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Coronavirus stimulus checks are currently being distributed, and millions of Americans are eagerly awaiting their payment. Depending on your income, you could receive up to $1,200 (or $2,400 for married couples filing jointly), plus an additional $500 for each dependent under the age of 17.
Remote mental health care use among Veterans Affairs patients jumped dramatically last month as normal medical care appointments were disrupted and veterans forced into self-isolation because of the ongoing coronavirus pandemic.
The Alzheimer’s Association Montana Chapter has put out a press release saying that finding ways to stay engaged and active during the COVID-19 pandemic is proving to be challenging for many Montanans, but it can be particularly difficult for people living with Alzheimer’s and other dementia.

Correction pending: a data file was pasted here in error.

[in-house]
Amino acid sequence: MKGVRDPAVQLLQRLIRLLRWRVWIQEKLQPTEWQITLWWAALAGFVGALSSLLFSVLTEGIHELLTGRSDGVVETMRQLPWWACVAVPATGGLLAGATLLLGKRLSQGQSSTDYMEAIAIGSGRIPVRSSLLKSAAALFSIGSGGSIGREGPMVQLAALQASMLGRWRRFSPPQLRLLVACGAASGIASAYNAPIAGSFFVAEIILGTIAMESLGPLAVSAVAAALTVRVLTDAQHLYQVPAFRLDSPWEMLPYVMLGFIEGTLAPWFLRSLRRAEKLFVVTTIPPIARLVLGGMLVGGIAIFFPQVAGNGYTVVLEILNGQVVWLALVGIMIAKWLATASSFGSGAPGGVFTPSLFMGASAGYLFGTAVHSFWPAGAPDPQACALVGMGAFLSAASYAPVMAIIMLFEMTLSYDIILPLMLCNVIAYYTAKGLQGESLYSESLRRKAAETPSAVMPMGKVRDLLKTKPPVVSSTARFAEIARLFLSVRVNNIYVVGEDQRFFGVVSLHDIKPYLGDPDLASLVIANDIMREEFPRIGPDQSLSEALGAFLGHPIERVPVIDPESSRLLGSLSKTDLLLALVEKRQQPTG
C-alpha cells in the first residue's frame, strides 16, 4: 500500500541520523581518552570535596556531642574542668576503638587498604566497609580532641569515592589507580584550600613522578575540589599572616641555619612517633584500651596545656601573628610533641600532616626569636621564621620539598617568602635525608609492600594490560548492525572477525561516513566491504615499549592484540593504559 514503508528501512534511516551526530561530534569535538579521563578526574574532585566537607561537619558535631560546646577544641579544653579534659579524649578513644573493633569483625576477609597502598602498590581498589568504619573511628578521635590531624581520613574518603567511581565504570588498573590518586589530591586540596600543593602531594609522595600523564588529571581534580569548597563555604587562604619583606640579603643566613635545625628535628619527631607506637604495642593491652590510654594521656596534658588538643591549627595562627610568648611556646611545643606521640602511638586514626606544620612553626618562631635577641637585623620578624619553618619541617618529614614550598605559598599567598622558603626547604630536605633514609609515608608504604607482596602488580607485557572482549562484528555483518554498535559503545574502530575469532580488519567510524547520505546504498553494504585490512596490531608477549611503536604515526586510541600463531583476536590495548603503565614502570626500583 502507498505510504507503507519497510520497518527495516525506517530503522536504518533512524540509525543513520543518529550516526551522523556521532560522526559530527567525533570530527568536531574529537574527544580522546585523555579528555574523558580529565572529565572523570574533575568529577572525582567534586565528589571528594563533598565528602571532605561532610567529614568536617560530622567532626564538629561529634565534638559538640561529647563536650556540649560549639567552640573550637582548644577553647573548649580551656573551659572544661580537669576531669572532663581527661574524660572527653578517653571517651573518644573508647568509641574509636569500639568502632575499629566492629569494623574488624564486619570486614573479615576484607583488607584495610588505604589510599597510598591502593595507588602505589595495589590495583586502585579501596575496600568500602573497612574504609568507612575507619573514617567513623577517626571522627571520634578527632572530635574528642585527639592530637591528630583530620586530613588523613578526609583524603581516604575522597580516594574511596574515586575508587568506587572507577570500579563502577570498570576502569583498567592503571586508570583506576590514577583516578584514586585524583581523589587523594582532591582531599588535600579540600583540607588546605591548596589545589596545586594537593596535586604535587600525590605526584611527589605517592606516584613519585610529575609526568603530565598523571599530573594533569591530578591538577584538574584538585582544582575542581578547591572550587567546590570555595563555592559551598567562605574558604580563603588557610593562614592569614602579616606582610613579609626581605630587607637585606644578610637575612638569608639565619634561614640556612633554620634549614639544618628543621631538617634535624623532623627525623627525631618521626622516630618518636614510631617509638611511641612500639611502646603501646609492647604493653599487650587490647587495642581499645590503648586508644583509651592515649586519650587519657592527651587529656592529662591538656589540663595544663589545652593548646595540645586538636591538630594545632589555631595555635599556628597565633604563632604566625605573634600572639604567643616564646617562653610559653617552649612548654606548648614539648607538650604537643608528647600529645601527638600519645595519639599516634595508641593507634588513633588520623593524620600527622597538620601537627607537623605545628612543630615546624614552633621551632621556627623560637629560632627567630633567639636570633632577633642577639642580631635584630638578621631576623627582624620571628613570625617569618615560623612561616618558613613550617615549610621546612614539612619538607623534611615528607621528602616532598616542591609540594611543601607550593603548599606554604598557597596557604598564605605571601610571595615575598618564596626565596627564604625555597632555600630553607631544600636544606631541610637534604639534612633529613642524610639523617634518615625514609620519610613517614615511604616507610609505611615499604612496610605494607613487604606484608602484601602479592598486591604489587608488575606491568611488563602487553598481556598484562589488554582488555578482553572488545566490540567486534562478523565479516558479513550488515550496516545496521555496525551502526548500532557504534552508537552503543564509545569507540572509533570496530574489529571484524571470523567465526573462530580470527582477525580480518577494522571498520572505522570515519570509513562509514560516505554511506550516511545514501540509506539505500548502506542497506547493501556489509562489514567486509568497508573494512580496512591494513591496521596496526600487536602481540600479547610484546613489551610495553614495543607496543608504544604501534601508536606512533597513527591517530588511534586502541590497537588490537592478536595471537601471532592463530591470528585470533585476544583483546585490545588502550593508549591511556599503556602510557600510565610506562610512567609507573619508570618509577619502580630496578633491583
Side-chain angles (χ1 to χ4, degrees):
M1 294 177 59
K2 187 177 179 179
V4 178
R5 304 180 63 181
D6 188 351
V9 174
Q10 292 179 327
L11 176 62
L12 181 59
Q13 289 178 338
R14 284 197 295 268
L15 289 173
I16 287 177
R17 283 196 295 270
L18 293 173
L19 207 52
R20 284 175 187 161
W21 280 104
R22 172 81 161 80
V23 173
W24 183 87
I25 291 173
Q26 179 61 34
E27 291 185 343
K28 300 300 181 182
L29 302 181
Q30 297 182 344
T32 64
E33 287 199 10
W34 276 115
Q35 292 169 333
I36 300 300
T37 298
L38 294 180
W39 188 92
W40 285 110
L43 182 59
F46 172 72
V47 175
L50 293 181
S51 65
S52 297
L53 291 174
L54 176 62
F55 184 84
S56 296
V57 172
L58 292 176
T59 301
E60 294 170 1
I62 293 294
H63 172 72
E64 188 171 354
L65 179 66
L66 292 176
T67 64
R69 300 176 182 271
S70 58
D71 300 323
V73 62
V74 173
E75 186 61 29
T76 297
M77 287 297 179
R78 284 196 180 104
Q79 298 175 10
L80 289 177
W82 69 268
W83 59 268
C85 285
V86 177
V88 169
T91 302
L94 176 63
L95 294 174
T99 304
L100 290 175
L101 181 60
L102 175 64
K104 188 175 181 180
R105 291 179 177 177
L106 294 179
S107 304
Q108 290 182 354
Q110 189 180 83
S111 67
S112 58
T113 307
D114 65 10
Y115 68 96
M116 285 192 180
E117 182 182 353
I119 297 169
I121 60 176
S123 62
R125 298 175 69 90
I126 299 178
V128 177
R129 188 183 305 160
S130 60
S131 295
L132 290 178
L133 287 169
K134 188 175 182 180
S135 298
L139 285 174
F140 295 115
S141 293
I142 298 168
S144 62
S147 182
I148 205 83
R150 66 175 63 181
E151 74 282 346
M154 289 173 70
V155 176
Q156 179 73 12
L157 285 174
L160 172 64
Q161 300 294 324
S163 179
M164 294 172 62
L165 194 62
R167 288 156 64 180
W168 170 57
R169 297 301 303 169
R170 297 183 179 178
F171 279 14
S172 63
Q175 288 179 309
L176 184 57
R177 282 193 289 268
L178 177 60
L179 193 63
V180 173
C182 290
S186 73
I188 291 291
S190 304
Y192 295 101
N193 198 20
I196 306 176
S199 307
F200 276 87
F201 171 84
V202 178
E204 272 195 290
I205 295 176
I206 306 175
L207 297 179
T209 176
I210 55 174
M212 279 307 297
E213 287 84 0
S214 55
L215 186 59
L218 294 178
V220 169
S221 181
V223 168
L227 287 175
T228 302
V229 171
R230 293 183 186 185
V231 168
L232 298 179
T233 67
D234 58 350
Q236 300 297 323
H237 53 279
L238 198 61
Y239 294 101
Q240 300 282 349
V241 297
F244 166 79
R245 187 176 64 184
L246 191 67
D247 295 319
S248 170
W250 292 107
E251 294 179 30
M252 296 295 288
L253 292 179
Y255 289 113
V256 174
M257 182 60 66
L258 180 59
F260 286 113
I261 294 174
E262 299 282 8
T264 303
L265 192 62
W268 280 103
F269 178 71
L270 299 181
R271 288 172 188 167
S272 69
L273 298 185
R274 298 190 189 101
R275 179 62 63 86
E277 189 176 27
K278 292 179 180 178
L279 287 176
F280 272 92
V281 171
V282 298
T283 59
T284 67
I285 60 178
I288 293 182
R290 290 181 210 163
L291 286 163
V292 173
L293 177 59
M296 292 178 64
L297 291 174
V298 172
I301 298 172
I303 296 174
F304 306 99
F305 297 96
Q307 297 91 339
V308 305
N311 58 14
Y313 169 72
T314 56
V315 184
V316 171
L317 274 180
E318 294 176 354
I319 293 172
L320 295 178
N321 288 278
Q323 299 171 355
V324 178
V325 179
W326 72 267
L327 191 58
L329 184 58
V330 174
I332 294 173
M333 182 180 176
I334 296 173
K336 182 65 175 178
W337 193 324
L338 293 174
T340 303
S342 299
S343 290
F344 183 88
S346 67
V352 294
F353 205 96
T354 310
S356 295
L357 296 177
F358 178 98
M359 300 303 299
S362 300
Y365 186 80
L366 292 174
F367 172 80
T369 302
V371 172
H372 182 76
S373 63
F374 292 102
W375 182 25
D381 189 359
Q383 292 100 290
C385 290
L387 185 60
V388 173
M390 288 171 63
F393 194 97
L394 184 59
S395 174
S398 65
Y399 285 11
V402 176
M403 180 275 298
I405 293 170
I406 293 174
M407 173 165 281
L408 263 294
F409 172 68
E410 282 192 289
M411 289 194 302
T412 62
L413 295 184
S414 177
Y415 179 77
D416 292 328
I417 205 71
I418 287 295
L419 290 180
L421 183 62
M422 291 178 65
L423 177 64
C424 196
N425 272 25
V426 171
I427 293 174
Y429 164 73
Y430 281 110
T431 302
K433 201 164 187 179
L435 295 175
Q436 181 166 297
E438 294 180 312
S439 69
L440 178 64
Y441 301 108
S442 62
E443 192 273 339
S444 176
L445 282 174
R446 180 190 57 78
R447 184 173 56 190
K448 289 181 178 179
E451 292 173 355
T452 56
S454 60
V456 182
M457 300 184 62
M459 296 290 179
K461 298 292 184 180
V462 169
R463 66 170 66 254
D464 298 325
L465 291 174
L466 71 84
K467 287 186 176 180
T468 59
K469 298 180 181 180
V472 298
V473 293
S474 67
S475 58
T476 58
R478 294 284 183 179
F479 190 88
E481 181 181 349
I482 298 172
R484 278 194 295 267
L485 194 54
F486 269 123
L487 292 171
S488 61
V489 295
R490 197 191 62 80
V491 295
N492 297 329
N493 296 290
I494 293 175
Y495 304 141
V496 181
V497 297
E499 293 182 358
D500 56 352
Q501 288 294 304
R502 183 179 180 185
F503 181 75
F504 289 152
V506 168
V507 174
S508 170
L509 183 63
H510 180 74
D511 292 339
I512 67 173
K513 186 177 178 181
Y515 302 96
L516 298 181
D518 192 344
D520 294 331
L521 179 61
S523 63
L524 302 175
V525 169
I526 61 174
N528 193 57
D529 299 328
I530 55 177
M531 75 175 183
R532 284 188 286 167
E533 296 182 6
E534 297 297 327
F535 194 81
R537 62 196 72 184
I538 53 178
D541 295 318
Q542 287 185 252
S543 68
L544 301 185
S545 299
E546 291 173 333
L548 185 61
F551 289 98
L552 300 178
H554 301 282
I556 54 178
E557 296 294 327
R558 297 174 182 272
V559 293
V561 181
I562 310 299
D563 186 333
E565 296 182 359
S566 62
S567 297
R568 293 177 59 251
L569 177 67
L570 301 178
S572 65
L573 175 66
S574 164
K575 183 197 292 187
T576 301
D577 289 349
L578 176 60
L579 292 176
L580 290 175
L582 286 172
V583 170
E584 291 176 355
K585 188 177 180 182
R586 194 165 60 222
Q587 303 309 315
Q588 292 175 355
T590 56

It’s not a good time for an elderly person to be away from home, let alone in the hospital.
Who will make decisions about your finances and health (maybe even your life) if you get COVID-19?
If you’re caring for an older loved one, you might be worried. Here is what you need to know to keep elderly people safer, and what to do if they do show symptoms of COVID-19.
Signed into law on Friday, March 27, the CARES (Coronavirus Aid, Relief, and Economic Security) Act is the biggest economic stimulus package in U.S. history. Below are essential highlights for individuals and small businesses.